There is a story about 3 blindfolded people trying to determine the size of an animal without seeing it. One had a grip on the tail, the second the trunk and the last person had their hands on the animal's middle. Each offered their own version of the animal's size. To no one's surprise, the results were small (the tail), bigger (the trunk) and enormous (the middle).
How are you figuring out the size of your market? Probably not blindfolded but are you blinded by what you see with your own eyes? Preconceived notions? Experience? Negotiation data? Hit rates? What your customers are telling you? How big is your market REALLY? (and, no, I’m not referring to your “available” market as compared to your “total” market. At least not today, anyway.)
Here's real life example of how the information can be accurate but the market forecast can be flawed. Certain customers purchase capital equipment in multi-year blankets. The customer identifies in the RFP that they will buy 10 units during that time frame (let's say 3 years), but there are no guarantees that the number will be exactly 10. It could be fewer and it might be more.
Things change. If you're the commercial person calling on an account like this, and you aren't successful in winning the blanket order, chances are pretty good you won't be spending much time with that equipment buyer for the next couple years, at least for the product line business you just lost. You report up the chain of command that the company lost 10 units to Competitor A and it goes into the information grist mill (market shares are calculated...) and you go chase different business from this and/or a different customer. Mark your calendar to come back in 20 months and see "how it's going" with that blanket.
Here's the rub: how often do we go back and check to see how many units the customer ACTUALLY purchased? What if the customer purchased 14 units instead of the 10 listed on the RFP? Or 6, not 10? Would that information change how you looked at market forecasts - your own or from a different source-in the future? I bet that it would. If it didn't change your thinking, mull this over - imagine you're the national sales manager and you have 15 accounts that said they were going to purchase 10 units but may have cut PO's for 15, or 3 or 11. What if each unit was worth $400,000? Now we're talking real money.... Imagine a scarier scenario – what if the net number of units purchased nationally during that time frame was exactly correct – but none of the original forecasts were accurate? How would that make you feel about forecasting?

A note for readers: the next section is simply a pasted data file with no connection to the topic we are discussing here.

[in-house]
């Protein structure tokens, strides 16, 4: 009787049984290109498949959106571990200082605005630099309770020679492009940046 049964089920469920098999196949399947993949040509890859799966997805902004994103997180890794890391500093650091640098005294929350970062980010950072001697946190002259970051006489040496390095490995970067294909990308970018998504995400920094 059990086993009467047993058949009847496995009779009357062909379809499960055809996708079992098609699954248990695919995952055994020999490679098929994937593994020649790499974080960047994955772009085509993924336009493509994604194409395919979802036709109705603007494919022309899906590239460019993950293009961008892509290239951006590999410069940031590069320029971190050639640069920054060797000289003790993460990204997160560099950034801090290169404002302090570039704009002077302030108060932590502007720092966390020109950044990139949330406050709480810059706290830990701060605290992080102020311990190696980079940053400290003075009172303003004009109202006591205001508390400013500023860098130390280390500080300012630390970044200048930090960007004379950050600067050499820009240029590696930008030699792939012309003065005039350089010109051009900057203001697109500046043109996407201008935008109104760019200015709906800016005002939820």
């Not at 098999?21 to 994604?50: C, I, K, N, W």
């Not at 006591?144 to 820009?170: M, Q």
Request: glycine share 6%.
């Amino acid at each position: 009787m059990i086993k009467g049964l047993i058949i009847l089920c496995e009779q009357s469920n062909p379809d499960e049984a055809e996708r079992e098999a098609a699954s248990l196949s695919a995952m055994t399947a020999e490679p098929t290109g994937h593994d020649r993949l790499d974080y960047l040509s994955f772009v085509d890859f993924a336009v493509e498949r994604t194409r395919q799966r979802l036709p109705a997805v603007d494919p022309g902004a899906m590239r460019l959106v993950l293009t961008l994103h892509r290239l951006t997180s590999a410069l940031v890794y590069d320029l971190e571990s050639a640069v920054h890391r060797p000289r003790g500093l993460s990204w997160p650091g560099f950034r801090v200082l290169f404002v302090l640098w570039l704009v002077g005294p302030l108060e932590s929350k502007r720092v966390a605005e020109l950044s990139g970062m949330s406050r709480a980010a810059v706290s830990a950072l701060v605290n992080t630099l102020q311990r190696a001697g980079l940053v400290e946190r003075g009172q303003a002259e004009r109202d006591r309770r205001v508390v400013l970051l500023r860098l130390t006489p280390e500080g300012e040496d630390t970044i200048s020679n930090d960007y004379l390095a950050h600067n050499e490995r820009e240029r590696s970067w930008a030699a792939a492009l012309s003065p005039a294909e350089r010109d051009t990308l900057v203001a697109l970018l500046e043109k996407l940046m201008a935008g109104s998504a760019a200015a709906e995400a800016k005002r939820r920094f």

There are several layers to this problem, but here are a couple takeaways to keep handy:
the estimate of your customer is just that, an estimate. The buyer may not have the full vision on the company's plans, and circumstances change every day. Just because you lost the blanket is not a reason to stay away from the purchasing department. Don't count on the buyer finding you in a time of need -s/he may have already found another supplier.
if you were successful winning the RFP, celebrate the occasion but pay close attention to the details. The buyer is now dependent on you and if you want the next one - or the unanticipated increase in requirements during the contract - then you need to stick to that person like glue. You'll be one of the first to hear the good news, and the bad should it come to shaving units off an existing contract.
don't make any assumptions about the future - verify, verify, verify - constantly.